- Chronic apathy: The brain changes that accompany chronic meth use often make it difficult for users to concentrate and negatively impact motivation.
- Severe mood swings: People high on ice may be euphoric, excited and highly energetic, but tend to experience deep depression and anxiety during the comedown.
- Irritability, hostility and aggression: Ice use leads to psychosis in some users, resulting in vivid hallucinations and paranoid delusions that can cause people to lash out.
Breaking the Ice Habit at The Cabin Sydney
If you suspect that you or someone you know is dependent on ice, it is critical to seek professional treatment as soon as possible. The Cabin Sydney has a world-class treatment centre where experienced staff specialising in ice addiction can talk with you about how best to help you reclaim a healthy, stable life free from ice.
Our specialised outpatient programme offers an innovative treatment plan that helps you beat your methamphetamine dependency while maintaining work and family commitments. With a 96% completion rate, our effective “Recovery Zones” method focuses on tackling addiction in a comprehensive manner to guide you to a successful recovery. An experienced team of specialists will work with you to identify triggers and root causes of your addiction, coaching you through every stage of the recovery process.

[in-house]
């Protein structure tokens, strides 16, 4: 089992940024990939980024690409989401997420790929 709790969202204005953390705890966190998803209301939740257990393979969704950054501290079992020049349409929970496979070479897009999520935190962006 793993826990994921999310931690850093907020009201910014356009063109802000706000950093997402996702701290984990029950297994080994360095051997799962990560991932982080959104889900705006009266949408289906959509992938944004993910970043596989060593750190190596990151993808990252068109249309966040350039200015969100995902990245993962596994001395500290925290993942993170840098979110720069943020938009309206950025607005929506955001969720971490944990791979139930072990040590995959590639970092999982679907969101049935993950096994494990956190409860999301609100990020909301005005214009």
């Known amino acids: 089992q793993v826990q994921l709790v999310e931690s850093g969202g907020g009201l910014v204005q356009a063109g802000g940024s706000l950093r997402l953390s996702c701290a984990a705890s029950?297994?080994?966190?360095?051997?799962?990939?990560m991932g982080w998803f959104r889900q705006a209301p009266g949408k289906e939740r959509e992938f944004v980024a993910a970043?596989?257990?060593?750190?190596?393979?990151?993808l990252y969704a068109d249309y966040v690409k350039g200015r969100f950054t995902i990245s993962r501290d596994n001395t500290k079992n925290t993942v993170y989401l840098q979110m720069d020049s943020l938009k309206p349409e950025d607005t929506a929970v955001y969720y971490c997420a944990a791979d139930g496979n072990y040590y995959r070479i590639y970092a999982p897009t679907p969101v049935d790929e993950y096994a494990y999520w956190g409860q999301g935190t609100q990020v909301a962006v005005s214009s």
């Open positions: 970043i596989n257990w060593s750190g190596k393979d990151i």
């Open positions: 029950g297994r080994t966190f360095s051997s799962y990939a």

For those who would prefer a more intensive treatment programme away from potential triggers, The Cabin Chiang Mai offers an internationally recognised residential rehab facility where you can focus solely on your recovery.
There is no reason to wait to confront your ice dependency. Call The Cabin Sydney to learn more about how we can help you start healing today.